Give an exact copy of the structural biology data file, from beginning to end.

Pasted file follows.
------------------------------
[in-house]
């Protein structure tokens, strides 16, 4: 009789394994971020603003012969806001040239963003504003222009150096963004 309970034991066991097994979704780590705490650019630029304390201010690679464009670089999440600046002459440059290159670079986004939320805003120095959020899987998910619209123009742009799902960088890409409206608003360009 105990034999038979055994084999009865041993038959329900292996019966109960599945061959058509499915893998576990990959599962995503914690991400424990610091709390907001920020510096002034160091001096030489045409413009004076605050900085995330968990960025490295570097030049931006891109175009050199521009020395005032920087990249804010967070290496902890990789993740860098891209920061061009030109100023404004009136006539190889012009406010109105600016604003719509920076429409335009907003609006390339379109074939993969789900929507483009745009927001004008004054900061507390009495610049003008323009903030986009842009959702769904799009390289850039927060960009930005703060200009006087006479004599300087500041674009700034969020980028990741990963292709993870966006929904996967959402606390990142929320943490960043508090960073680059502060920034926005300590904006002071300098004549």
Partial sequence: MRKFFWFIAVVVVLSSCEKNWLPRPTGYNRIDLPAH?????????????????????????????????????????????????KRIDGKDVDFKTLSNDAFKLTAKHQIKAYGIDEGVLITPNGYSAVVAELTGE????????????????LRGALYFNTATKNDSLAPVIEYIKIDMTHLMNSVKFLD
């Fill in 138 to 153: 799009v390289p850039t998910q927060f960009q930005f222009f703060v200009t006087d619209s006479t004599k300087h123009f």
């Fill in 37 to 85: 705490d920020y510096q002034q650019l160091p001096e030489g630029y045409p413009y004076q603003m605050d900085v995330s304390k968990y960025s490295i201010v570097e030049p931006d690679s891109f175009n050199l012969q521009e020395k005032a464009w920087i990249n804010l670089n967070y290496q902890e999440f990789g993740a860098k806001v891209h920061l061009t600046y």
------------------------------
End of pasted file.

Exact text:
[in-house]
């Protein structure tokens, strides 16, 4: 009789394994971020603003012969806001040239963003504003222009150096963004 309970034991066991097994979704780590705490650019630029304390201010690679464009670089999440600046002459440059290159670079986004939320805003120095959020899987998910619209123009742009799902960088890409409206608003360009 105990034999038979055994084999009865041993038959329900292996019966109960599945061959058509499915893998576990990959599962995503914690991400424990610091709390907001920020510096002034160091001096030489045409413009004076605050900085995330968990960025490295570097030049931006891109175009050199521009020395005032920087990249804010967070290496902890990789993740860098891209920061061009030109100023404004009136006539190889012009406010109105600016604003719509920076429409335009907003609006390339379109074939993969789900929507483009745009927001004008004054900061507390009495610049003008323009903030986009842009959702769904799009390289850039927060960009930005703060200009006087006479004599300087500041674009700034969020980028990741990963292709993870966006929904996967959402606390990142929320943490960043508090960073680059502060920034926005300590904006002071300098004549």
Partial sequence: MRKFFWFIAVVVVLSSCEKNWLPRPTGYNRIDLPAH?????????????????????????????????????????????????KRIDGKDVDFKTLSNDAFKLTAKHQIKAYGIDEGVLITPNGYSAVVAELTGE????????????????LRGALYFNTATKNDSLAPVIEYIKIDMTHLMNSVKFLD
């Fill in 138 to 153: 799009v390289p850039t998910q927060f960009q930005f222009f703060v200009t006087d619209s006479t004599k300087h123009f």
């Fill in 37 to 85: 705490d920020y510096q002034q650019l160091p001096e030489g630029y045409p413009y004076q603003m605050d900085v995330s304390k968990y960025s490295i201010v570097e030049p931006d690679s891109f175009n050199l012969q521009e020395k005032a464009w920087i990249n804010l670089n967070y290496q902890e999440f990789g993740a860098k806001v891209h920061l061009t600046y």